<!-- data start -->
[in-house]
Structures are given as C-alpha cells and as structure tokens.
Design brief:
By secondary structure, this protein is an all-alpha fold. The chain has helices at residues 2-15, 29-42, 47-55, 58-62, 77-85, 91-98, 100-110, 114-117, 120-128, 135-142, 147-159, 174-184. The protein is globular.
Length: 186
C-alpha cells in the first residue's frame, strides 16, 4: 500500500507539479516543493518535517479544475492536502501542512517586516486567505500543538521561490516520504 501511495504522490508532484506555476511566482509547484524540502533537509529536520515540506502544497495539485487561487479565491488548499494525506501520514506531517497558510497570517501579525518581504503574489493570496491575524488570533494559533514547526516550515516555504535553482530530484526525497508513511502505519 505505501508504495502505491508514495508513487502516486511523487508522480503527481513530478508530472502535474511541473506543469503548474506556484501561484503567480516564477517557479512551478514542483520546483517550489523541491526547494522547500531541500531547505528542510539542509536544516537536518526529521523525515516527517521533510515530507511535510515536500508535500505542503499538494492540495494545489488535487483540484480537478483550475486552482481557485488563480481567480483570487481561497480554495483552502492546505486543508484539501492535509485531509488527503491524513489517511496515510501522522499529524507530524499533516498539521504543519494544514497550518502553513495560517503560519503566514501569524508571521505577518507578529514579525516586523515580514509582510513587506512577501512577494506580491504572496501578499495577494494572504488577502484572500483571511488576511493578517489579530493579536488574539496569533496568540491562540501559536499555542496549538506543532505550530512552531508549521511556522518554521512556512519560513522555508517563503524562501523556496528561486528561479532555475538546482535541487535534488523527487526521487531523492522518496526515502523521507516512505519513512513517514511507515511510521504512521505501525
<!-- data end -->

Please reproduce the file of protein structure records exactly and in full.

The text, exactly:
[in-house]
Structures are given as C-alpha cells and as structure tokens.
Design brief:
By secondary structure, this protein is an all-alpha fold. The chain has helices at residues 2-15, 29-42, 47-55, 58-62, 77-85, 91-98, 100-110, 114-117, 120-128, 135-142, 147-159, 174-184. The protein is globular.
Length: 186
C-alpha cells in the first residue's frame, strides 16, 4: 500500500507539479516543493518535517479544475492536502501542512517586516486567505500543538521561490516520504 501511495504522490508532484506555476511566482509547484524540502533537509529536520515540506502544497495539485487561487479565491488548499494525506501520514506531517497558510497570517501579525518581504503574489493570496491575524488570533494559533514547526516550515516555504535553482530530484526525497508513511502505519 505505501508504495502505491508514495508513487502516486511523487508522480503527481513530478508530472502535474511541473506543469503548474506556484501561484503567480516564477517557479512551478514542483520546483517550489523541491526547494522547500531541500531547505528542510539542509536544516537536518526529521523525515516527517521533510515530507511535510515536500508535500505542503499538494492540495494545489488535487483540484480537478483550475486552482481557485488563480481567480483570487481561497480554495483552502492546505486543508484539501492535509485531509488527503491524513489517511496515510501522522499529524507530524499533516498539521504543519494544514497550518502553513495560517503560519503566514501569524508571521505577518507578529514579525516586523515580514509582510513587506512577501512577494506580491504572496501578499495577494494572504488577502484572500483571511488576511493578517489579530493579536488574539496569533496568540491562540501559536499555542496549538506543532505550530512552531508549521511556522518554521512556512519560513522555508517563503524562501523556496528561486528561479532555475538546482535541487535534488523527487526521487531523492522518496526515502523521507516512505519513512513517514511507515511510521504512521505501525